Jeff Miller
Sep 24, 2018 rated it really liked it
The story involves possibly the last surviving human because of a human created bio-engineered virus. An alien race wants to study him and to bring back the human race. His condition is that they find Earth, purposely lost in the records to protect it.

An enjoyable story overall as two competing alien races tries to take control of him. Some aspects of the story progress as you might expect. I also liked the slight humor involved in the story.
Claudia Putnam
Oct 14, 2018 rated it did not like it
Shelves: sf
2.75 Based on blurb I expected more evolutionary biology re aliens not to mention ethnography. Also wouldn't each human society have been very different and spoken different languages? Timelines for plague were unclear. Seemed instantaneous but sometimes there apparently was more time. How was there enough time for all those preparations on Earth? And did they say they'd lost contact w Earth for 10k years? Yet the plague seemed more fast moving and recent than that. So, weird. Finally, ...more
Mar 13, 2019 rated it it was ok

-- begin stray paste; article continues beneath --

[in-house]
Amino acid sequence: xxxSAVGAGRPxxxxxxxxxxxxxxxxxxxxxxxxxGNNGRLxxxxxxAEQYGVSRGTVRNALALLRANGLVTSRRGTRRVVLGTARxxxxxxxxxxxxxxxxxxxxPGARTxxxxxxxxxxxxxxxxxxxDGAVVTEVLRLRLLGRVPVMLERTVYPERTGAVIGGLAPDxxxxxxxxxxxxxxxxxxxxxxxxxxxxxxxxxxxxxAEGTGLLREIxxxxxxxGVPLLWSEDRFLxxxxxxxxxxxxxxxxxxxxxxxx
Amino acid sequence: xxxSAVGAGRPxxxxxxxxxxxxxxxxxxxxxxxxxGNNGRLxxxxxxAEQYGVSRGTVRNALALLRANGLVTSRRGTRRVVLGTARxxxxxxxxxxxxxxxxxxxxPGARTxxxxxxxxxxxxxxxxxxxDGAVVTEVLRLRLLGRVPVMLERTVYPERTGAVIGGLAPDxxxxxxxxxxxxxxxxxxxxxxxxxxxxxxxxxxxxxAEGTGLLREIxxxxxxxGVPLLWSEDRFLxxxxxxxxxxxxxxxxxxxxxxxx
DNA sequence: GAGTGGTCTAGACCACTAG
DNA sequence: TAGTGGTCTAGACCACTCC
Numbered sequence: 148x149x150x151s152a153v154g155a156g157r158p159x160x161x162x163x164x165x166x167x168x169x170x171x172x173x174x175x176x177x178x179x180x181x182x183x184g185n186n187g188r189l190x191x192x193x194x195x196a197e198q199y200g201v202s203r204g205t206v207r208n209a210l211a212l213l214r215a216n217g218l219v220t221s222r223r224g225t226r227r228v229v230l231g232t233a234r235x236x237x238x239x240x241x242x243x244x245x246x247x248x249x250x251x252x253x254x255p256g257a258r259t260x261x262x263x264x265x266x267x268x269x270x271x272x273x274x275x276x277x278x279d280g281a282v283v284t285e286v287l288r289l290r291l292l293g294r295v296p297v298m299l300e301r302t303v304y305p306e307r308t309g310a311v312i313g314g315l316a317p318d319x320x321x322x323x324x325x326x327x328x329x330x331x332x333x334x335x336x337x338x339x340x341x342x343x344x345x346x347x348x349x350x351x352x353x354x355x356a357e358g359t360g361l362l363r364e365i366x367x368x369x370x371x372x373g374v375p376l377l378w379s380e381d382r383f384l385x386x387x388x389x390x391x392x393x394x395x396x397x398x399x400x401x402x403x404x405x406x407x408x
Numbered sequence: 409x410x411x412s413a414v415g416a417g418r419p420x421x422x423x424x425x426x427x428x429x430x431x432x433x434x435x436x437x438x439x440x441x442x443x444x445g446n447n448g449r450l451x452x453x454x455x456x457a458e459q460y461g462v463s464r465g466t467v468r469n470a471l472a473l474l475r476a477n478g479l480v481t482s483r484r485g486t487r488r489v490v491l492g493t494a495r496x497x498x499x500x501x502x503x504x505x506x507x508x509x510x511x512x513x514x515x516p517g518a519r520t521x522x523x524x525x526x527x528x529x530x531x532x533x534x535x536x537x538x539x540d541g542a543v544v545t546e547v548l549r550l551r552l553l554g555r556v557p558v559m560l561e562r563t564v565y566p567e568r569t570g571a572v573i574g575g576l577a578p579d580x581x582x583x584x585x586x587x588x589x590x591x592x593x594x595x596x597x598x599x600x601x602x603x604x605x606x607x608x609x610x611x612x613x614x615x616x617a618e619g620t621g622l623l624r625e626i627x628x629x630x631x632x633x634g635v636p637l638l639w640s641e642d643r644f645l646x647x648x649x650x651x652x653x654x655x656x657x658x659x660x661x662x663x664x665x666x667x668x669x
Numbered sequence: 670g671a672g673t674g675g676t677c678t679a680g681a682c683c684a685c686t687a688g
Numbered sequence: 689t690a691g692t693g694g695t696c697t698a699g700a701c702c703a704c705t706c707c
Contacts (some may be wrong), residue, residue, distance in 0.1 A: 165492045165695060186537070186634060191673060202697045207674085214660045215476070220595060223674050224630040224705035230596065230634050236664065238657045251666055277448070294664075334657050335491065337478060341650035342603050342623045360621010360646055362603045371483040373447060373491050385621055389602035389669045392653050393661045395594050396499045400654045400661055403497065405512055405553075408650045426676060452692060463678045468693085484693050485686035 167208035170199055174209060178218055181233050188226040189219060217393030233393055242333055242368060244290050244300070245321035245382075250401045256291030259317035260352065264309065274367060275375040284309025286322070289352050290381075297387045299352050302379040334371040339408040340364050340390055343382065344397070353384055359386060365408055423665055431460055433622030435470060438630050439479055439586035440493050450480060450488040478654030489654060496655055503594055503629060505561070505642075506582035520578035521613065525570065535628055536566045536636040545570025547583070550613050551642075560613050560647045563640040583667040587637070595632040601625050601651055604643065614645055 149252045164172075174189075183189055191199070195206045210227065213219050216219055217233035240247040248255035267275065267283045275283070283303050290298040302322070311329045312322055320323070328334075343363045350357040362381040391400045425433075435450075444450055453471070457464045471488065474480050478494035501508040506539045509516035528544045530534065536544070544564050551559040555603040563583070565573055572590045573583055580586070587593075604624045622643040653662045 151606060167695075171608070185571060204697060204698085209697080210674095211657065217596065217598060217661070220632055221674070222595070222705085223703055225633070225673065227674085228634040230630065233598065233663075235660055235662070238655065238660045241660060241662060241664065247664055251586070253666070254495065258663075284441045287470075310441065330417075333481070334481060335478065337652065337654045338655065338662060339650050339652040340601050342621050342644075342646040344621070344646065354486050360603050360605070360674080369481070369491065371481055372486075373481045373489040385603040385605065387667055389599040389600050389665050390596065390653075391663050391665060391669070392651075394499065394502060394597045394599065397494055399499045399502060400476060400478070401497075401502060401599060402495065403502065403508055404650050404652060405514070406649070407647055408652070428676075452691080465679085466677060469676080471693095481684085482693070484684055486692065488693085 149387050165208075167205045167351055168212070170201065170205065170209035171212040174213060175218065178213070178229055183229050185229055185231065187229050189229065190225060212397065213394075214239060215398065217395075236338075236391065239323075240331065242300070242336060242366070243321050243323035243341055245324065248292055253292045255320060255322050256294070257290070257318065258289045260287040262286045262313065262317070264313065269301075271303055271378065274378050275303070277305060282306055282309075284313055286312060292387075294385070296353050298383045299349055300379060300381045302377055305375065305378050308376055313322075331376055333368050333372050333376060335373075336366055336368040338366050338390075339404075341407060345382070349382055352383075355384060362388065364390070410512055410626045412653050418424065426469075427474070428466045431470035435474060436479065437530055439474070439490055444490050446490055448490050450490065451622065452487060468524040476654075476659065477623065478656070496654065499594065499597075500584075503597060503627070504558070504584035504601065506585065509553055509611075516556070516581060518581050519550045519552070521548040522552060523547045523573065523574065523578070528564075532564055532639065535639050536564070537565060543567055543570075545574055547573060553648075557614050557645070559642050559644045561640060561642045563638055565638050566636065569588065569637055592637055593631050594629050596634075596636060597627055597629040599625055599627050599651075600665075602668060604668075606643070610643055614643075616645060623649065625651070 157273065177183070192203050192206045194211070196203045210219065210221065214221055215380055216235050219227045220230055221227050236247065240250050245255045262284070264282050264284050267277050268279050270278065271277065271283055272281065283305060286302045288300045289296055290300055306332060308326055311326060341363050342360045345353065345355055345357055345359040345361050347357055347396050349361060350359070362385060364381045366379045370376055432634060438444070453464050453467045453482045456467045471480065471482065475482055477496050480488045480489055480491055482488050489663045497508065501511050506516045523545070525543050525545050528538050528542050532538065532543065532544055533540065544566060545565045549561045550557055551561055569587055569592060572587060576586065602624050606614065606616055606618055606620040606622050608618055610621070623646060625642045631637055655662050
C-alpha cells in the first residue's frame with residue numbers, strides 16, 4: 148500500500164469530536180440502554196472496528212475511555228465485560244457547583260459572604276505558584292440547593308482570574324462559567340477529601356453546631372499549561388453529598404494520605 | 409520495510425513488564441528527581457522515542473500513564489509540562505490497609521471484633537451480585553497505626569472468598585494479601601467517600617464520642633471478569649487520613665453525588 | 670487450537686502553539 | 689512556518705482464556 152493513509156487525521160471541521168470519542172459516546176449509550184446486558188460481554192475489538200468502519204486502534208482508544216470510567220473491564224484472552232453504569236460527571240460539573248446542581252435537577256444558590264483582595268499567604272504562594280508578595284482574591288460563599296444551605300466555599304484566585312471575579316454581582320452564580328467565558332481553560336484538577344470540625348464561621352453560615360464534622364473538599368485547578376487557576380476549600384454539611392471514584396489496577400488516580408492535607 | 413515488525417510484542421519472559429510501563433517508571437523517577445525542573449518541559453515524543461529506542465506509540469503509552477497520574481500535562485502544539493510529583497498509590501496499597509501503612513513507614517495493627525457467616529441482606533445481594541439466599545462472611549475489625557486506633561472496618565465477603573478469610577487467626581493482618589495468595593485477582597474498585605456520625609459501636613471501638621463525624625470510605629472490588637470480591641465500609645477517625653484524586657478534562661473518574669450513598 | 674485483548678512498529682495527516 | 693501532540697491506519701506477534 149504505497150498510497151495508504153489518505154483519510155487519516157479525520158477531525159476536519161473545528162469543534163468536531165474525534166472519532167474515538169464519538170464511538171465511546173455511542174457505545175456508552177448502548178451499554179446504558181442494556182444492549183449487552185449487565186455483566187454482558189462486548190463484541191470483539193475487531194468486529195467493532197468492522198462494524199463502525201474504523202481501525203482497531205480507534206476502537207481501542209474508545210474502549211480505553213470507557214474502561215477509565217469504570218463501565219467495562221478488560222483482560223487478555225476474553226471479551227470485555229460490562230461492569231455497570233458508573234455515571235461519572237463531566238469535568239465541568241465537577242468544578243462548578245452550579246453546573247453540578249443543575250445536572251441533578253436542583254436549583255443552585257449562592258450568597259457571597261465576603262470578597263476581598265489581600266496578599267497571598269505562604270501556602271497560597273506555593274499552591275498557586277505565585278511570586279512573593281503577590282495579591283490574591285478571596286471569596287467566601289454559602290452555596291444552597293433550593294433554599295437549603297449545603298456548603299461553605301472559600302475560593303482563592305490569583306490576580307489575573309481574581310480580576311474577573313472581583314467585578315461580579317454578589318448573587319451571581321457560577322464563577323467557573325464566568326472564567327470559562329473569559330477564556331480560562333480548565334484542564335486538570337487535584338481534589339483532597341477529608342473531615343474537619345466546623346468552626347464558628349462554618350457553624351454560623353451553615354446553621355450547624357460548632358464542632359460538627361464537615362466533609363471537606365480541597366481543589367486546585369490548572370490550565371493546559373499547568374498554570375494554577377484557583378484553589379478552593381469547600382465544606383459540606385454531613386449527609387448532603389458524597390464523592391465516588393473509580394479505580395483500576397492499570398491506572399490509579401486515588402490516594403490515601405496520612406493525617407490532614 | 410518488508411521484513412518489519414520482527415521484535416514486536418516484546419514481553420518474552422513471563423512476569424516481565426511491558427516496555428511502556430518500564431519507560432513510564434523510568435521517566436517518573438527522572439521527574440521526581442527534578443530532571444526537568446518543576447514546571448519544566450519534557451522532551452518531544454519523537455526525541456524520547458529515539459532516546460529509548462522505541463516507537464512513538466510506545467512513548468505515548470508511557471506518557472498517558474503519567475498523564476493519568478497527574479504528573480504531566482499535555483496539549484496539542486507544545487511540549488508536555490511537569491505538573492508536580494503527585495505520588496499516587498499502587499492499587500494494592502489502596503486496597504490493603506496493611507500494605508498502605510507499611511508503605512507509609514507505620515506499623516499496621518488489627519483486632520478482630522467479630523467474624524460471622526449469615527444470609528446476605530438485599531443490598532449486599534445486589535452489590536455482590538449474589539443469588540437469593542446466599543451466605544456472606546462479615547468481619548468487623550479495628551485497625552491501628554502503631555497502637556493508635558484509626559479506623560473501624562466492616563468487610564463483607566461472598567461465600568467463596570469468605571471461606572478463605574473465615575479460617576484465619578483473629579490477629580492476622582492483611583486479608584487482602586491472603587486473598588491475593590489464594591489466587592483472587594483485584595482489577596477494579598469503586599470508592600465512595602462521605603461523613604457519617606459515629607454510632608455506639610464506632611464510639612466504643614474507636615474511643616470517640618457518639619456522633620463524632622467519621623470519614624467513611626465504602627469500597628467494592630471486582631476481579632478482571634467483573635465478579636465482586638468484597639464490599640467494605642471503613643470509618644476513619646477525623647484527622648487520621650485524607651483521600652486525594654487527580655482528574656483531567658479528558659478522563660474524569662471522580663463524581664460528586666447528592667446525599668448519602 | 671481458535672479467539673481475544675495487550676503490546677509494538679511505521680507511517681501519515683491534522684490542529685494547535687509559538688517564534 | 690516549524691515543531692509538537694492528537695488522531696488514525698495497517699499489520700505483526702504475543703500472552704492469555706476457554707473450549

A page turner this is not. I've ready one other Alan Dean Foster book and I don't know of it's a coincidence, but I'm just not a fan of his writing style. RELIC is about the supposed last human named Ruslan. A scientific race promised to help find the "mythical" Earth in exchange for his genetic material to try and revive humanity. But one of my biggest questions was, to a more advanced race than humanity, in the far future, how could Earth be so mysterious and unknown? The story never explains ...more
Review Copy

In RELIC Alan Dean Foster does what he has so well for over 40 years: created brand new alien species and new environments and plots to contain them.

Foster is known for writing series - from his early days of the Spellsinger, Icerigger and Pip & Flinx series to the all encompassing Humanx Commonwealth - RELIC is unlike all of these. It is a standalone novel that is quite enthralling in its complexity. It boasts a slow build up to an explosive end that I found stunning and